Canada reaffirmed in the following statement its resolve to discharge the continuing obligations arising out of its membership in N.A.T.O. and its support of the objective of European unity:—
“As far as we are concerned, the North Atlantic Treaty Organisation remains the focal point of our participation in collective defence and of our hope for the development of closer co-operation with the other peoples of the Atlantic community. As such, it remains a foundation of Canadian foreign policy. While we emphasise, then, our belief in the North Atlantic Treaty Organisation, we welcome the proposed extension of the Brussels Treaty. We shall look forward to a growing [Page 1352] relationship, within the framework of N.A.T.O., with the new Brussels Treaty Organisation, composed of countries with whom we are already bound by such close ties.”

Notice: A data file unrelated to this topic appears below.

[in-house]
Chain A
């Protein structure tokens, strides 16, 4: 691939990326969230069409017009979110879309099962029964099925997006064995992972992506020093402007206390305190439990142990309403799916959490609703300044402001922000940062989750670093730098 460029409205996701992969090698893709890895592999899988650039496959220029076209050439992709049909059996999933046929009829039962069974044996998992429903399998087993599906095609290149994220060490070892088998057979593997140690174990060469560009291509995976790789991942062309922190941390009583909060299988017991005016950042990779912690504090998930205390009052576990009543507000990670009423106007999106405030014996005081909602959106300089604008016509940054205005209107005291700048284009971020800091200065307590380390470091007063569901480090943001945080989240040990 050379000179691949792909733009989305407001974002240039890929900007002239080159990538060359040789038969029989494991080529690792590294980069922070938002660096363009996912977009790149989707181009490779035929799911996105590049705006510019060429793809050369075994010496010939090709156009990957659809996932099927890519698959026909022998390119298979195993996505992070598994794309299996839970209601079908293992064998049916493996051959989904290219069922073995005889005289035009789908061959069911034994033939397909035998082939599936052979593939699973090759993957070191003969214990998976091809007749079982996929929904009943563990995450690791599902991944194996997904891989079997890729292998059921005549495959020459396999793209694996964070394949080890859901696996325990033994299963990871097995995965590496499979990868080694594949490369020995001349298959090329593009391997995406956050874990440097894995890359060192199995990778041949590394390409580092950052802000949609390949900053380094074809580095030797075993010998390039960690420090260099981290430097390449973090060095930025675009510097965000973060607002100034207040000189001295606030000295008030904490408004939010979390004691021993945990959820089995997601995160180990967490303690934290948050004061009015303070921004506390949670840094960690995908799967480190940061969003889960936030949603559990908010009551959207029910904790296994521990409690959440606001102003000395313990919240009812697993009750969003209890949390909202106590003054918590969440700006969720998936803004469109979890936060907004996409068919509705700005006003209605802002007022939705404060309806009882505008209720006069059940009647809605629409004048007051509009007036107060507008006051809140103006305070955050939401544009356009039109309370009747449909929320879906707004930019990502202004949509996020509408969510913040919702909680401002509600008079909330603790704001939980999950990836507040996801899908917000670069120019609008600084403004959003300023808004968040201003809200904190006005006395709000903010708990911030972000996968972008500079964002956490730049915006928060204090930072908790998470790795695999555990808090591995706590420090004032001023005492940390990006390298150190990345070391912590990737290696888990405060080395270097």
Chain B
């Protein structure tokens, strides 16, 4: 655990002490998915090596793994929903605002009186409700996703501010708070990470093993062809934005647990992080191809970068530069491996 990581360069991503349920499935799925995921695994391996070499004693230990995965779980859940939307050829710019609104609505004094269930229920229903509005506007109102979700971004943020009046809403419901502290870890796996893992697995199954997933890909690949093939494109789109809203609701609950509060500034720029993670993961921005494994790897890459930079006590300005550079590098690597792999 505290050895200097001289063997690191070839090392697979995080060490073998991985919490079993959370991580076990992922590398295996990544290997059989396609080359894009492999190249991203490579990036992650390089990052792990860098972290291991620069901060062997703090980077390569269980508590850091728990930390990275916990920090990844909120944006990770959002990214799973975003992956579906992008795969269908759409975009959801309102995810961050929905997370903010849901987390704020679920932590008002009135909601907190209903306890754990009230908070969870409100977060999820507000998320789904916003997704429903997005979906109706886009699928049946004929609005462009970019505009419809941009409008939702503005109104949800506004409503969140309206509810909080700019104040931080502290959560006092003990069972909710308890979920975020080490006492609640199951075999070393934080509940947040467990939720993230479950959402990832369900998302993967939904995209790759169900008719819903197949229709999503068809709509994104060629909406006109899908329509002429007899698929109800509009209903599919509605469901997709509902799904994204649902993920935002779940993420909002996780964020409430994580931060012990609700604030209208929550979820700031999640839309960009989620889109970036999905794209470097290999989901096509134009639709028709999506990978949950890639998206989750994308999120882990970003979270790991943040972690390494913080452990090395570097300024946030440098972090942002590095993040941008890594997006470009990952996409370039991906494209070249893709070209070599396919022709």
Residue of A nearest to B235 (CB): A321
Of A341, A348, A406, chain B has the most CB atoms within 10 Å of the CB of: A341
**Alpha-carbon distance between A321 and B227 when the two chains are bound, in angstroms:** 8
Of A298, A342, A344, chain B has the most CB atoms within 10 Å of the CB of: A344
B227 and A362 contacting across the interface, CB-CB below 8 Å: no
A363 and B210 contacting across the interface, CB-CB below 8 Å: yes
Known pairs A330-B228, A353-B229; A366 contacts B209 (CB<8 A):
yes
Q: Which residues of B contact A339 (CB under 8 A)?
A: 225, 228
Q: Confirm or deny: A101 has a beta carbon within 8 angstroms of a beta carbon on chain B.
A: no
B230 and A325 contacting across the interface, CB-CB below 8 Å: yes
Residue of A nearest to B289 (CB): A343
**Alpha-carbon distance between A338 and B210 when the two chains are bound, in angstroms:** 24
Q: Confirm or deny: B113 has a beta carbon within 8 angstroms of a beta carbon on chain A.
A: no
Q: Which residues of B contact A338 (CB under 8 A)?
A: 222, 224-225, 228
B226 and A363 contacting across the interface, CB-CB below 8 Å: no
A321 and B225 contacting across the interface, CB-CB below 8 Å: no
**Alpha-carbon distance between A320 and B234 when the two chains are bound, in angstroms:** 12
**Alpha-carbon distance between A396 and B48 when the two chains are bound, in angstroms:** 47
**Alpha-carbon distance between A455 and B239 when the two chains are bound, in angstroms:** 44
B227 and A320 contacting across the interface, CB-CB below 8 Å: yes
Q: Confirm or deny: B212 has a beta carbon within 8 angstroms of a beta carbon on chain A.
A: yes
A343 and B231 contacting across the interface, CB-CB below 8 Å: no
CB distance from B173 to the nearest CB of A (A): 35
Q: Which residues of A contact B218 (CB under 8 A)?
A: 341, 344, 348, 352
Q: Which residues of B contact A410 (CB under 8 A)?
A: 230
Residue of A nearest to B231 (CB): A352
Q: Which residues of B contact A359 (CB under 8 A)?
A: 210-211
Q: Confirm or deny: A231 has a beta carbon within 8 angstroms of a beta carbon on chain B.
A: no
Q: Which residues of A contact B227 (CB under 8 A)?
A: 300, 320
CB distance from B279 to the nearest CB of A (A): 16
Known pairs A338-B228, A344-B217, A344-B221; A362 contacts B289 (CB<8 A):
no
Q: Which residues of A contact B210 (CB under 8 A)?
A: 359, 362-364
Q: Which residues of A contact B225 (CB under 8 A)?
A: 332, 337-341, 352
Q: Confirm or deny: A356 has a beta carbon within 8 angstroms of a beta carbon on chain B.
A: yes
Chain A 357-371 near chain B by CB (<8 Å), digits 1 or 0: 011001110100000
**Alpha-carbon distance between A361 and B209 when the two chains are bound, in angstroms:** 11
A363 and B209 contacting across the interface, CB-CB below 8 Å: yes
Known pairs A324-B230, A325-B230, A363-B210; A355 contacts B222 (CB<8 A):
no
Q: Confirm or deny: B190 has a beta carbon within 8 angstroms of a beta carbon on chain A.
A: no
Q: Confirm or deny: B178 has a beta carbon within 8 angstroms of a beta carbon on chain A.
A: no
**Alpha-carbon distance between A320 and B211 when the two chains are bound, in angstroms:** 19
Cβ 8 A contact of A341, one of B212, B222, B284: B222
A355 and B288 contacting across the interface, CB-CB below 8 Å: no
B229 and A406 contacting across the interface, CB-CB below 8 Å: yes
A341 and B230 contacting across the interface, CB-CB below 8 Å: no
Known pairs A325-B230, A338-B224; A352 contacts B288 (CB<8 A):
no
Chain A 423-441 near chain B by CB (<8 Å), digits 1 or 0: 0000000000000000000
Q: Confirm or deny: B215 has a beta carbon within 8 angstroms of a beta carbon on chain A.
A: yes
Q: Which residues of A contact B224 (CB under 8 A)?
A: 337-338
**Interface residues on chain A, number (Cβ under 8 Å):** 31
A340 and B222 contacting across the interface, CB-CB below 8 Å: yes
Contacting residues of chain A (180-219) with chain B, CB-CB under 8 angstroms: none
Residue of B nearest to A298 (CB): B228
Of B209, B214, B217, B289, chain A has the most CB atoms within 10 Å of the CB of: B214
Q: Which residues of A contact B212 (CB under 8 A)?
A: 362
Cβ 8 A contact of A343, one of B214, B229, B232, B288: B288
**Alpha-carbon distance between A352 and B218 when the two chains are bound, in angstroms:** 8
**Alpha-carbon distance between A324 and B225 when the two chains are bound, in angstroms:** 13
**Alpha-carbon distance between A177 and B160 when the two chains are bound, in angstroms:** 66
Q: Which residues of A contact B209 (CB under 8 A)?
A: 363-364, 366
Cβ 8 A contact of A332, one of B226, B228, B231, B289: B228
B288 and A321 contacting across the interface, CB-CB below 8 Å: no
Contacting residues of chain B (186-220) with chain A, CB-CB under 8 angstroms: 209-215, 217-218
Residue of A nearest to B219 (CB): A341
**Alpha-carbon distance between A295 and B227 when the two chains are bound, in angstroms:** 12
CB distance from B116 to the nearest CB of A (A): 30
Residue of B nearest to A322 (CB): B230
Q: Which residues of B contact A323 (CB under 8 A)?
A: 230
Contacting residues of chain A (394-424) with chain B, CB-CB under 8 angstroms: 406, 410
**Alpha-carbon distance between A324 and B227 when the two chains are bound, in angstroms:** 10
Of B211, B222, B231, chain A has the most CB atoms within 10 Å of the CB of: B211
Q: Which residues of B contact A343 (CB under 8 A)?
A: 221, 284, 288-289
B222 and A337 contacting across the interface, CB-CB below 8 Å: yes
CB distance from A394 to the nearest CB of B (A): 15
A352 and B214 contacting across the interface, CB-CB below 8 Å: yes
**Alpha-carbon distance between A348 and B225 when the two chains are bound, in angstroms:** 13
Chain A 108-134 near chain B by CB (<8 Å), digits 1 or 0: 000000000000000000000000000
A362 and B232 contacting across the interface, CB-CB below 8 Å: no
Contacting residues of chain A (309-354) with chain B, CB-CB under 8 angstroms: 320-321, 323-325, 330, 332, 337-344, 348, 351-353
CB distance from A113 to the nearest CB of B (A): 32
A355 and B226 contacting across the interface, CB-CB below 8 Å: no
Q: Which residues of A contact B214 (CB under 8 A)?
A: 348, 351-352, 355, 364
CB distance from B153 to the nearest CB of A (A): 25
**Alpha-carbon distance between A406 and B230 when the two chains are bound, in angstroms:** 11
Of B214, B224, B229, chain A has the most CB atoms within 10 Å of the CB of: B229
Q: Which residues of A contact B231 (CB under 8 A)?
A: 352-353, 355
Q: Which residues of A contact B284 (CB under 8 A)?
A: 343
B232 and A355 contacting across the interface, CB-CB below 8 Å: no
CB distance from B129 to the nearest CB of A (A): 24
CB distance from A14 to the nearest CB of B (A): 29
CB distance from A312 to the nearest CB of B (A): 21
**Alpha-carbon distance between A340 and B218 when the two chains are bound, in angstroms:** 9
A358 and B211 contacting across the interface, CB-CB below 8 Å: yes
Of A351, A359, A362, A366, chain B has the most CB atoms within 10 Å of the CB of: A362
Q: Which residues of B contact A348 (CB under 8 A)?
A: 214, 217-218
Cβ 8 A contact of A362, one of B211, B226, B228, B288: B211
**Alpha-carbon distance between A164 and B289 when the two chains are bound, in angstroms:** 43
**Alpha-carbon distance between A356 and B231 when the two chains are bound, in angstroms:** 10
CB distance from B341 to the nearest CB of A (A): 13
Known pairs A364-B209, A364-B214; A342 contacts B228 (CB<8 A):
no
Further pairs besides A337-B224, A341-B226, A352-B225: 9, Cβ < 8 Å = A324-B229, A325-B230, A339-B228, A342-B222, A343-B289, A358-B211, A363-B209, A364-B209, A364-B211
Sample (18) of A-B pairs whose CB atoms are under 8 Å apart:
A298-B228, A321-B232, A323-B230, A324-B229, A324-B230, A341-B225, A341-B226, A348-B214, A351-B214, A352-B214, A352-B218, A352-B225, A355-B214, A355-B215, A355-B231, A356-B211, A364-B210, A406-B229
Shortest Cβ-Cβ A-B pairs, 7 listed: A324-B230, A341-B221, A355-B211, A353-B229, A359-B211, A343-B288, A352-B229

IV.—North Atlantic Treaty Organisation
The powers present at the Conference which are members of N.A.T.O. agreed to recommend at the next ministerial meeting of the North Atlantic Council that the Federal Republic of Germany should forthwith be invited to become a member.
They further agreed to recommend to N.A.T.O. that its machinery be reinforced in the following respects:—
- All forces of N.A.T.O. countries stationed on the Continent of Europe shall be placed under the authority of SACEUR, with the exception of those which N.A.T.O. has recognised or will recognise as suitable to remain under national command.
- Forces placed under SACEUR on the Continent shall be deployed in accordance with N.A.T.O. strategy.
- The location of such forces shall be determined by SACEUR after consultation and agreement with the national authorities concerned.
- Such forces shall not be redeployed on the Continent nor used operationally on the Continent without his consent, subject to appropriate political guidance from the North Atlantic Council.
- Forces placed under SACEUR on the Continent shall be integrated as far as possible consistent with military efficiency.
- Arrangements shall be made for the closer co-ordination of logistics by SACEUR.